The tense, nebulous bond that can form between teacher and student, especially from the latter’s viewpoint, is at the heart of nearly every sequence, beginning with an uneasy scene of Lyz stripping down in front of Fred so he can weigh and measure her, after which he asks about her menstrual cycle. This seems to be an everyday occurrence at the school, where the girls need to place total faith in their coach if they want to succeed, crossing boundaries you wouldn’t normally cross in regular life.
Soon enough, Lyz and Fred are working together late into the night and on the weekends. When she starts getting bad grades, Fred convinces the head of the school, as well as Lyz’s mom, that she’d be better off living in his flat, where his girlfriend (Marie Denarnaud) can provide extra tutoring and Fred even more hands-on training — which is literally what happens when he pushes their relationship to the next level.
Gorgeously shot in hot and cold colors by Yann Maritaud (Cuties), who contrasts Lyz’s blazing emotions with the frozen mountaintop exteriors, the photography keeps us forever glued to the burgeoning champion’s side both indoors and out. In a move that gives the sports scenes a thrilling you-are-there rush, Favier sent a camera operator flying down the slopes alongside a pro skier, keeping us in Lyz’s headspace even when she’s going so fast that the rest of the world can’t keep up with her. And during the film’s two agonizing sex scenes, we’re also right there with her, witnessing an array of feelings that run the gamut from passion to disgust to confusion.
The issue of whether Fred is breaking the law by sleeping with his student never comes up because Lyz is 15, which is the current age for legal consent in France. (The law has been thrown into question recently, especially in light of the scandal involving pedophile writer Gabriel Matzneff.) And yet Slalom seems to be saying that what Fred is doing to Lyz is criminal indeed — if not on paper, then in the way he dominates her to an obscene level. Renier skillfully plays the ski star turned instructor as a born overachiever with nothing left to achieve himself, and he often walks around like a defeated man.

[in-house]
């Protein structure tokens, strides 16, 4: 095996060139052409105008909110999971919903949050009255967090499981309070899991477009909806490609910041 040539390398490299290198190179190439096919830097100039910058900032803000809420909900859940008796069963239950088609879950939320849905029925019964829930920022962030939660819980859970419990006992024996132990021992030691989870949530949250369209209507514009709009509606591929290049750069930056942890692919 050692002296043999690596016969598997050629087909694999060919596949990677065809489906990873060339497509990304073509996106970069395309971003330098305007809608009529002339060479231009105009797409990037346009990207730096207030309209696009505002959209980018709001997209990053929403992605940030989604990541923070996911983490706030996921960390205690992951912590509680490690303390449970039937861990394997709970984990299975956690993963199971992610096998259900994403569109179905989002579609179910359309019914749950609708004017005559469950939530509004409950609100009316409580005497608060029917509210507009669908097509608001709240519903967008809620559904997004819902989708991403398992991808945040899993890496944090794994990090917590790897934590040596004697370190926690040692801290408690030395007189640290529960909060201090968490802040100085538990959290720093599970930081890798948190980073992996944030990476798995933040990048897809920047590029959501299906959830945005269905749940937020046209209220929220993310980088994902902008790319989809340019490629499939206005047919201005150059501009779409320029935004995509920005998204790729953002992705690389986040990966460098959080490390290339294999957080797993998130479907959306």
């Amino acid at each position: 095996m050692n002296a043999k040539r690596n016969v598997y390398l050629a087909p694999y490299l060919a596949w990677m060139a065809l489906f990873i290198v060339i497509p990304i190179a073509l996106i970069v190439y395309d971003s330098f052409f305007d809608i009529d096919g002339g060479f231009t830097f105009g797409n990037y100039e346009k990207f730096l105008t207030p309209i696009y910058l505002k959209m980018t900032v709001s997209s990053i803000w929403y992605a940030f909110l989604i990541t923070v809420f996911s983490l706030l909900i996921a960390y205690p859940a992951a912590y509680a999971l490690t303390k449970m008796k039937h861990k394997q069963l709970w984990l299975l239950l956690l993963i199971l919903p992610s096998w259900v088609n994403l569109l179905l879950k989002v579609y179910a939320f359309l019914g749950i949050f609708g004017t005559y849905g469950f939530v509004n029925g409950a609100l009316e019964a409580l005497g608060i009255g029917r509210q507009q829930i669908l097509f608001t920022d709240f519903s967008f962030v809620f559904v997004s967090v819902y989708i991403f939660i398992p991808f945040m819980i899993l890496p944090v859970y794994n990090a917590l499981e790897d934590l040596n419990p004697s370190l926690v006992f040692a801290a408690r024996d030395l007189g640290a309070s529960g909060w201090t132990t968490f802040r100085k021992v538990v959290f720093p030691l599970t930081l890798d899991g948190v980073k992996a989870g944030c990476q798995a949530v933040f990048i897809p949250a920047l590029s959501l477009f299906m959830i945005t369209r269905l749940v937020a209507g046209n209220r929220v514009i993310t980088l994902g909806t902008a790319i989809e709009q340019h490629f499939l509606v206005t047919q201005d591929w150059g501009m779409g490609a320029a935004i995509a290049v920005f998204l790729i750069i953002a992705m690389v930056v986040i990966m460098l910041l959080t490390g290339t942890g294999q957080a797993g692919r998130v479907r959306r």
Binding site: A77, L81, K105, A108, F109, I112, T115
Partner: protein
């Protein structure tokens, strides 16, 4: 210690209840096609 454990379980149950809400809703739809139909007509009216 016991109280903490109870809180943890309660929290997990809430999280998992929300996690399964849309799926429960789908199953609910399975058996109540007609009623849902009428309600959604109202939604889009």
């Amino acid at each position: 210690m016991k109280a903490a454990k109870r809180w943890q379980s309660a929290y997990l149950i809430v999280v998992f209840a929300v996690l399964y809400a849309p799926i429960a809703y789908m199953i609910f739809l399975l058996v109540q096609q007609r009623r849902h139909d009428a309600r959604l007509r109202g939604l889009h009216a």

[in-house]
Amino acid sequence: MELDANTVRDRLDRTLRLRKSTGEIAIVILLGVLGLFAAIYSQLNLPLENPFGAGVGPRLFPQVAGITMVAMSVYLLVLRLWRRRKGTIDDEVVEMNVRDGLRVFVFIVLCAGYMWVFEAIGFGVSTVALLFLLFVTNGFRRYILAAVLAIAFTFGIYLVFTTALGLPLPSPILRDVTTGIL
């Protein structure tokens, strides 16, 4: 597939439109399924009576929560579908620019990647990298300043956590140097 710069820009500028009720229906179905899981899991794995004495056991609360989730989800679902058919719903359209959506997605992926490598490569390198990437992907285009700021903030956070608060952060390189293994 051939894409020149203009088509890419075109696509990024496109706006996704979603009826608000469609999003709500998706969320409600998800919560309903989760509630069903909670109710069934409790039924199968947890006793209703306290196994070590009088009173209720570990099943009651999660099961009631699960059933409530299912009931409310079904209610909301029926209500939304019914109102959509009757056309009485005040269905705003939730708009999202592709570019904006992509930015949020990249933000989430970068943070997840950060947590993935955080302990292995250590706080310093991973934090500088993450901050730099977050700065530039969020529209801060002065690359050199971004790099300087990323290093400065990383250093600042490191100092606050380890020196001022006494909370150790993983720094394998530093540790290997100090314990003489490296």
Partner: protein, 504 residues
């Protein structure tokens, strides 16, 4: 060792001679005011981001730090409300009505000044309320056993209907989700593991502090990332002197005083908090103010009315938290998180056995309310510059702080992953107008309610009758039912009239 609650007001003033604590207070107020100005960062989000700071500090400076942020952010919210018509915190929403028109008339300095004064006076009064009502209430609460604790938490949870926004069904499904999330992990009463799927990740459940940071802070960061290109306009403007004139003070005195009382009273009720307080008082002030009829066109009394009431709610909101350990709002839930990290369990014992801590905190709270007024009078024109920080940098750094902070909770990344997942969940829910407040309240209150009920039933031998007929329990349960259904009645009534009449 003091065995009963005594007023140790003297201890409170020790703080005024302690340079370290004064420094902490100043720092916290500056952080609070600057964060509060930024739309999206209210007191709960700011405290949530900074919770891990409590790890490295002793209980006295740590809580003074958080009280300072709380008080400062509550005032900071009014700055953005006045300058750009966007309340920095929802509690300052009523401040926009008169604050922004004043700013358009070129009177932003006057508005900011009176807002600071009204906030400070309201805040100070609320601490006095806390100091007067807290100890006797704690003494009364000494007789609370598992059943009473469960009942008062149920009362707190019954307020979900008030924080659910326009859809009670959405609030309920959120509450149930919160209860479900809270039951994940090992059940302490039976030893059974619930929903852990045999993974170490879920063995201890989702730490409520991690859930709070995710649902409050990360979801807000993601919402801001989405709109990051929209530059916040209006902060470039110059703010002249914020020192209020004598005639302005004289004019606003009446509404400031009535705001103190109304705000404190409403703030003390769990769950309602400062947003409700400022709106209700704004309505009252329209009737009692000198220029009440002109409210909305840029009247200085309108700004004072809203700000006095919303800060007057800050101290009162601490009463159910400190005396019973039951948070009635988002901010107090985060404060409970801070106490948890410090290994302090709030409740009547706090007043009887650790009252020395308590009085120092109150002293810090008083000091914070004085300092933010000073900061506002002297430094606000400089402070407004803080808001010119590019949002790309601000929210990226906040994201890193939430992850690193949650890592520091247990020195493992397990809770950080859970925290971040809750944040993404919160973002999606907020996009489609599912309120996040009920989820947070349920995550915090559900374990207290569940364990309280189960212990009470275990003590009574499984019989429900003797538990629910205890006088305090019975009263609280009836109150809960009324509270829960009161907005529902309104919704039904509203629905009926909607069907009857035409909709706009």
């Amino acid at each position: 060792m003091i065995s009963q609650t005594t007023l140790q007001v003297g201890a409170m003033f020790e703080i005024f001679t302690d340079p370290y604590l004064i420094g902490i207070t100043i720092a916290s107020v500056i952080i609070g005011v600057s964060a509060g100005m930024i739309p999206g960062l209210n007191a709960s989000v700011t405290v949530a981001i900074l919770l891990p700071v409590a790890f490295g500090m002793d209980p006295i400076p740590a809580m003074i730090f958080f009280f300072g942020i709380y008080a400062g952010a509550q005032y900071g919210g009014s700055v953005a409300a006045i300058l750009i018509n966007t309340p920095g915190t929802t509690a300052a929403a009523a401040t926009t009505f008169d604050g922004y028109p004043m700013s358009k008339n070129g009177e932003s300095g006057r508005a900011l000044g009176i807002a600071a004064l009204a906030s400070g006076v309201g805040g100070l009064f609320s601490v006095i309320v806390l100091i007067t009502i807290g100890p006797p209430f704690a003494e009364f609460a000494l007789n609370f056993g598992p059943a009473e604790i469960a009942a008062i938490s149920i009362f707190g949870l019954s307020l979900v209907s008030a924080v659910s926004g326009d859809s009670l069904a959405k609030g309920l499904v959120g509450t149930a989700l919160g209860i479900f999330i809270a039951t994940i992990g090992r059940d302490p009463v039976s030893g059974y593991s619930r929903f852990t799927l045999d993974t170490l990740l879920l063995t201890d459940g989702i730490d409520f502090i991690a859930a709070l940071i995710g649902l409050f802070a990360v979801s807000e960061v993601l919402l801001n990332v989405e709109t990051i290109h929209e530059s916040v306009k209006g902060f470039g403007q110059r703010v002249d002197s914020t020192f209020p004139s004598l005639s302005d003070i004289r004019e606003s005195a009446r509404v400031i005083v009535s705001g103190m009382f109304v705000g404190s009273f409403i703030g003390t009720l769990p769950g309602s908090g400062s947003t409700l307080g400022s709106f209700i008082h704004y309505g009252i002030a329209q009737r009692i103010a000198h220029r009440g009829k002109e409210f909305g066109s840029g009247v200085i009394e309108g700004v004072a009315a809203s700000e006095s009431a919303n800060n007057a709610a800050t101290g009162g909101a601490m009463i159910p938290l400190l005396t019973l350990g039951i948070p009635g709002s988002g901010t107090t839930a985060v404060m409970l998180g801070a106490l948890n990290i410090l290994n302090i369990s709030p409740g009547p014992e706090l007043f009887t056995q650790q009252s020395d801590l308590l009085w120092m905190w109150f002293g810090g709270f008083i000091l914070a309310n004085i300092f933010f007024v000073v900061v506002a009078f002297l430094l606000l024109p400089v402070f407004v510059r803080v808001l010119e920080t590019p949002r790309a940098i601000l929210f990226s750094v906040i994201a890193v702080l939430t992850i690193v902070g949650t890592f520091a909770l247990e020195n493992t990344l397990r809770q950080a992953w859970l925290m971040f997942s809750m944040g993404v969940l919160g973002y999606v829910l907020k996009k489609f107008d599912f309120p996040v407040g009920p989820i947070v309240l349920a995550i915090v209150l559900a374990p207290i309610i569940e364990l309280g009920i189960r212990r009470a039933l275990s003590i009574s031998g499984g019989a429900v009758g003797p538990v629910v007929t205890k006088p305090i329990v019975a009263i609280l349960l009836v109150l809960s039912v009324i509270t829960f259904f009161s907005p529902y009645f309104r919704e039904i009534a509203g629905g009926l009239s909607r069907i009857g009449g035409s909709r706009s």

Abita brings something else to Lyz: an almost nonstop feeling of uncertainty, of not knowing if her character is doing the right or wrong thing, if she’s in the process of winning or losing. Lyz is put through the wringer for most of the running time, breaking her body in order to succeed (at one point she exposes her chest to show how it’s covered in bruises), or giving her body to Fred because that’s what he’s groomed her for, to the point where she can no longer see clearly. In one of her pivotal races, this is precisely what happens when the snow dust grows so thick that it clogs Lyz’s goggles — and yet she somehow comes out on top. The victory is a testament to her incredible drive and resolve, but it’s a bitter one.
Production company: Mille et une productions
Venue: Cannes 2020 (Official Selection).
Cast: Noée Abita, Jérémie Renier, Marie Denarnaud, Muriel Combeau, Maïra Schmitt, Axel Auriant
Director: Charlène Favier
Screenwriters: Charlène Favier, Marie Talon
Producers: Edouard Mauriat, Anne-Cécile Berthomeau
Director of photography: Yann Maritaud
Production designer: Julie Wassef
Costume designer: Judith de Luze
Editor: Maxime Pozzi Garcia
Composer: Low Entertainment
Casting director: Martin Rougier
Sales: The Party Film Sales